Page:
BEIJING/SHANGHAI (Reuters) - China’s insurance regulator plans to restrict the business of insurers which have a low rating for asset liability management, the official Xinhua news agency reported late on Sunday.
The move comes amid a sector-wide clampdown on risk and graft, which has led to new ownership rules for insurers and the fall of the country’s chief insurance regulator among other things.
Insurance firms will be rated from A to D by the regulator on their ability to ensure the matching of maturity, cash flow and cost on both sides of their balance sheet, said Xinhua, citing draft rules.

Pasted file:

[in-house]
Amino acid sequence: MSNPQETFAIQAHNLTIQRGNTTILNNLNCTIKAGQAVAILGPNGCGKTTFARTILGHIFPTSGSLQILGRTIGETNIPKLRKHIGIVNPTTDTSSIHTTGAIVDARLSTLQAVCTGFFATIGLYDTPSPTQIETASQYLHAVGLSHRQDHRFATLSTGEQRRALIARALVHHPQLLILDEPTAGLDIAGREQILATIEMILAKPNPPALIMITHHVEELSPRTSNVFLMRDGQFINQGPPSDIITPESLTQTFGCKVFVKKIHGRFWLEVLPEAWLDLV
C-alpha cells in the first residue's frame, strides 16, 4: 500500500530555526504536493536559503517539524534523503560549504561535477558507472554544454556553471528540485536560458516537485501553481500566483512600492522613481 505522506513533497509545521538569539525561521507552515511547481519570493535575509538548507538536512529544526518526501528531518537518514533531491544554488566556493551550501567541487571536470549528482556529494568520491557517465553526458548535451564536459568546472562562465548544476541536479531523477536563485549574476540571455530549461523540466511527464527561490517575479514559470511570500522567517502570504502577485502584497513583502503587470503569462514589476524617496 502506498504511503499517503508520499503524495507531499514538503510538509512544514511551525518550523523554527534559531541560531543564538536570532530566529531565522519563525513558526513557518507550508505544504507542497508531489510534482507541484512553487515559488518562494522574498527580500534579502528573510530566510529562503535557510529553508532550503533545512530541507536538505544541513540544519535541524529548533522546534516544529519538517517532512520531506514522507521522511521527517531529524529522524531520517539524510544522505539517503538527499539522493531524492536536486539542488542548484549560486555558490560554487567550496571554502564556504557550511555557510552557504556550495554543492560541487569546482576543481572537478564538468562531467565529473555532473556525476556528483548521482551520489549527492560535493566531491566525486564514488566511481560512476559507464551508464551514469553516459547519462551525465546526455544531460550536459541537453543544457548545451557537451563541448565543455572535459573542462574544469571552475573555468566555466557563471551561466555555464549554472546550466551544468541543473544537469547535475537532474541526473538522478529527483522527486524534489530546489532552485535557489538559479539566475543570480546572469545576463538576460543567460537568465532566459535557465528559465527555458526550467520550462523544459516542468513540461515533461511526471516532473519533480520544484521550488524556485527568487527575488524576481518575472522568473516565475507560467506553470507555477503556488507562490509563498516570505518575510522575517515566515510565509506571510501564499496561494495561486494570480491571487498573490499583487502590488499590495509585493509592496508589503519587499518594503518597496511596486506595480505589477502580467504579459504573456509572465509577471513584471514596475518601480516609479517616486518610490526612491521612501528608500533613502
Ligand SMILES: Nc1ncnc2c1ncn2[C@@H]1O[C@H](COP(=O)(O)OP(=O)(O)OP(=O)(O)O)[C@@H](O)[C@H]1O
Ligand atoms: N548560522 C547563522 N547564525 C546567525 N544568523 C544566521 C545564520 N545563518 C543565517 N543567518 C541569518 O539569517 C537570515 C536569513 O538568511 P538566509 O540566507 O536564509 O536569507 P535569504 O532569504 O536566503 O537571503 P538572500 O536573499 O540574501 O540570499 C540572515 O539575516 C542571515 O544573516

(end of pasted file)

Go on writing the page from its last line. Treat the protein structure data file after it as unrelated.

Those with poor ratings will be prohibited from certain investment activities.
Companies with the rating of D, the lowest, will be banned from launching new products within a certain period. Salaries of the top management of these firms will also be limited.
Insurers rated highly will be able to use their funds more freely and have greater freedom to launch new products.
The rules are currently in draft form and will come into effect next year.
Reporting by Ben Blanchard in Beijing and Engen Tham in Shanghai; Editing by Edmund Blair and Michael Perry